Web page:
8. IMO, the current war against militant Islamists has proved one thing to be true: war hasn't really changed over the centuries, it's still depends on men fighting others at close range, where superior technology doesn't make as much of a difference. Winning depends on:
    A) the courage to take action
    B) the training to react properly
    C) proper leadership on the ground using effective tactics and strategy
    D) reliable equipment and weapons

There! Now I feel better. Have a great Thursday. Stay safe.

7 comments:

Patrick Parker said...

1) I see no reason to water down the intensity of the initiation rite to the level of this pic. ;-)

more to follow...

Patrick Parker said...

2) While I agree with you, posts like this that attribure success in a martial art to one best principle remind me of this Monty Python monologue:

“Our chief weapon is surprise...surprise and fear...fear and surprise.... Our two weapons are fear and surprise...and ruthless efficiency.... Our three weapons are fear, surprise, and ruthless efficiency...and an almost fanatical devotion to the pope.... Our four...no.... Amongst our weapons...amongst our weaponry...are such elements as fear, surprise”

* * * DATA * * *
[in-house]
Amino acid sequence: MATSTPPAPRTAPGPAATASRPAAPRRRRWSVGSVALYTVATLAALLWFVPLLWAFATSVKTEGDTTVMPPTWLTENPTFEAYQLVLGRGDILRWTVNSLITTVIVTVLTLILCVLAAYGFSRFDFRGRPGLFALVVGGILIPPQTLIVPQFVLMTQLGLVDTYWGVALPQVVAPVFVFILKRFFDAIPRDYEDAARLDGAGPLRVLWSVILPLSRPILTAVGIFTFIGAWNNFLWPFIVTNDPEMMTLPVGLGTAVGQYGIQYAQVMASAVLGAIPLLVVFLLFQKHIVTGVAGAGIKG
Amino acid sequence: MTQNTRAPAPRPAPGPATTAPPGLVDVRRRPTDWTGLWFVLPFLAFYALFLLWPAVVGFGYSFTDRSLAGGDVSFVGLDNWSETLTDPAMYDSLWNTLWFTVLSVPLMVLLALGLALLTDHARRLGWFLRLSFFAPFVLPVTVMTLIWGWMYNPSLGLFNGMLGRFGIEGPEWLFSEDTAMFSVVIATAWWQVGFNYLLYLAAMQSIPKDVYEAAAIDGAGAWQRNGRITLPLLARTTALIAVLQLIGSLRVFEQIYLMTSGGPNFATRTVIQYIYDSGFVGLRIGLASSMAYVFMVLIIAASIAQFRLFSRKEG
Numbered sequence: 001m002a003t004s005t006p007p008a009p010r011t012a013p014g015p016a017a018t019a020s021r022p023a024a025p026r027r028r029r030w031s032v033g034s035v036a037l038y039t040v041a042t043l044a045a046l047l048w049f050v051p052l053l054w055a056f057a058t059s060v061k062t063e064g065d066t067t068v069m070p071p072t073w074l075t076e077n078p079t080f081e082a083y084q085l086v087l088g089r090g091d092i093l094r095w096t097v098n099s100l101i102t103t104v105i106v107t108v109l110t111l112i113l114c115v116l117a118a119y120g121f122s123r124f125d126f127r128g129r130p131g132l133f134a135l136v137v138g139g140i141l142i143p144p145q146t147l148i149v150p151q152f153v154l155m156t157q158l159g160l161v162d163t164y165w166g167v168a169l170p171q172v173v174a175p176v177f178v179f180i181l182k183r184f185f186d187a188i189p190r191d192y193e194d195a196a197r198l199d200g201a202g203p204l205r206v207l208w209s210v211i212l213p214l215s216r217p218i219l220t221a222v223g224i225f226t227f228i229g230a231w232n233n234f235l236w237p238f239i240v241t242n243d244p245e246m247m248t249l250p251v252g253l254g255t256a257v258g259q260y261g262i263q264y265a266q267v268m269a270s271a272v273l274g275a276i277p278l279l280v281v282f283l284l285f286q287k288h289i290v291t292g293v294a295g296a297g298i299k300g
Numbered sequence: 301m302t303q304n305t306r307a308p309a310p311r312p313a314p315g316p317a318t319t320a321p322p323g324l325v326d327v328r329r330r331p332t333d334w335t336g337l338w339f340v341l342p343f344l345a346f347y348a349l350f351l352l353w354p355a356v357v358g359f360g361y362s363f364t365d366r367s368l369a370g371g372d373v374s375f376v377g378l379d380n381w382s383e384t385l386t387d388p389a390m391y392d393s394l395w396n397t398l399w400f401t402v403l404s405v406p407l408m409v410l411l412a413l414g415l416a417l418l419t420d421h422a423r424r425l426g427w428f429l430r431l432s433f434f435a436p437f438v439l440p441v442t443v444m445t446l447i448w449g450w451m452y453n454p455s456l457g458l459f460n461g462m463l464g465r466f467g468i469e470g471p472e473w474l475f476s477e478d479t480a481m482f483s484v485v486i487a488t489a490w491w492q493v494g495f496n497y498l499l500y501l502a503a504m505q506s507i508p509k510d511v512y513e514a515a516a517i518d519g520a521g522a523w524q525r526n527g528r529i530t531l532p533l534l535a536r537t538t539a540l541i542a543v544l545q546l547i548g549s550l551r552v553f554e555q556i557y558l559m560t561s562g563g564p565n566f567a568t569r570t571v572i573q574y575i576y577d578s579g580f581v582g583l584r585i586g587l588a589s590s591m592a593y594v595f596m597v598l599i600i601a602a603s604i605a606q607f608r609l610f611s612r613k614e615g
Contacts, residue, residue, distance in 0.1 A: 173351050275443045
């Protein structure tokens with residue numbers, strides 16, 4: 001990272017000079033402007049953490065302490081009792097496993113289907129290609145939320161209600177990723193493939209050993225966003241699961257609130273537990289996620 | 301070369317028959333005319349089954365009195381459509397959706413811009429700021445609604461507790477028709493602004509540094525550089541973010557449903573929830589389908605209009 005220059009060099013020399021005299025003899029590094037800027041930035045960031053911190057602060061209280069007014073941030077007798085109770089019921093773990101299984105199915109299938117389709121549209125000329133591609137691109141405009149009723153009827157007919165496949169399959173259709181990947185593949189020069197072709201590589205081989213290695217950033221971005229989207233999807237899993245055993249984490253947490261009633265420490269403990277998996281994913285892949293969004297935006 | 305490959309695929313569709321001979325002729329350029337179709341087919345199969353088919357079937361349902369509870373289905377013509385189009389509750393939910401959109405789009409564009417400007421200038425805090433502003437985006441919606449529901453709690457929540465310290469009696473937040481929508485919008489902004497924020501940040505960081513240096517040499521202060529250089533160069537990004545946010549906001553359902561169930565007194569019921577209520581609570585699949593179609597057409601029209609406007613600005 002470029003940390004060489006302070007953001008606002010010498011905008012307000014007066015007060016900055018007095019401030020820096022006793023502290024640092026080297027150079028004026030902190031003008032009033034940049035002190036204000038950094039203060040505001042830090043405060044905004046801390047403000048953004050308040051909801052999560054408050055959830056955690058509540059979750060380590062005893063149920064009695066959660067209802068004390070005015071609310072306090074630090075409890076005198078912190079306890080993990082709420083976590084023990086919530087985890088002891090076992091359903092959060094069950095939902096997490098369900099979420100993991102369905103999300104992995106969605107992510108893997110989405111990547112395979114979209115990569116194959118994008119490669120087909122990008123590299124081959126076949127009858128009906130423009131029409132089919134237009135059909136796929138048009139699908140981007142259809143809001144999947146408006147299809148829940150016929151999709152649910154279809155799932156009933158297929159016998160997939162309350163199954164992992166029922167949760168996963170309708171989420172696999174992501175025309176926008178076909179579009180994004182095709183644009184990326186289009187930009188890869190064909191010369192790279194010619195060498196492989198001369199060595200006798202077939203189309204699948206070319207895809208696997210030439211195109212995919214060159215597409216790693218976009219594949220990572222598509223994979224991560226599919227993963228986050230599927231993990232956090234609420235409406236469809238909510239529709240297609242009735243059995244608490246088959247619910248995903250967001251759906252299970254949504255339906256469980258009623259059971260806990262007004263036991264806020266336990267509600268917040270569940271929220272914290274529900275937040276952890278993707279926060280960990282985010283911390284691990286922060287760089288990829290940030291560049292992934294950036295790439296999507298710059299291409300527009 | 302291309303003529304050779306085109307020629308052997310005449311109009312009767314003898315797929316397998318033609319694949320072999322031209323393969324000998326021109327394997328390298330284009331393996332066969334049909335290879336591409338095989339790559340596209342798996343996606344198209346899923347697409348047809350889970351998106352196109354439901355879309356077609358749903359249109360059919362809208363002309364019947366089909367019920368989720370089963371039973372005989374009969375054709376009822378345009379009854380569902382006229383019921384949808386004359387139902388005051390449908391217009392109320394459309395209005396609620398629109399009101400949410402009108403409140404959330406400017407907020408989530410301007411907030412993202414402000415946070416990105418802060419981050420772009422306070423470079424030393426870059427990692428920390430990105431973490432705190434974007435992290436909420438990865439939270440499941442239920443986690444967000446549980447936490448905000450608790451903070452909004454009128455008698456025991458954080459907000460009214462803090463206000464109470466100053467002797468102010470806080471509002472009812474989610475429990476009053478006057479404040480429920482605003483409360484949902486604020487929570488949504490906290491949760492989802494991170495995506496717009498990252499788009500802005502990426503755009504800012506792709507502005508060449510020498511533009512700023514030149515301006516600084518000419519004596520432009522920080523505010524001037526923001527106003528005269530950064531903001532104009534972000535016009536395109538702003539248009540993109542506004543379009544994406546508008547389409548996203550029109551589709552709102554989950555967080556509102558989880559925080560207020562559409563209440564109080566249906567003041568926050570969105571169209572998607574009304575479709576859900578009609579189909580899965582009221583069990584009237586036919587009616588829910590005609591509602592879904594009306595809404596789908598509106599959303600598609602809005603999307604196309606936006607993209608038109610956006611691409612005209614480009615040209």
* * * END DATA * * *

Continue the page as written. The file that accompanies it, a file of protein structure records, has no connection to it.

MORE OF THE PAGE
Ha! I laugh every tim I think about that one.

I would have probably said mobility is our greatest attribute, but then you have to be balanced to be mobile. So, mobility and balance are our two greatest attributes... and posture. Ok, so our three greatest attributes are...

;-)

Patrick Parker said...

3) I would add to that scheme, 'training log' and maybe even 'commercial.'

I think most blogs probably blur these categories somewhat, but for some examples from the toplist:
instructional: Mokuren Dojo, TDA Training, Formosa Neijia
philosophical: Vestia's Martial Views
style-centric: Colin's and Gordon's TKD sites
eclectic:BBM, Martial Thoughts, Amanda Takes Off
training log: Steve's, Slidey's, and Ivan's logs
commercial:Wu Hsing Chuan, Judo Monthly

And if you feel like getting up in arms about these generalizations, please don't. Like I said, all blogs fit into multiple categories, I didn't categorize every blog but just gave examples, and it is, after all, just oe guy's opinion.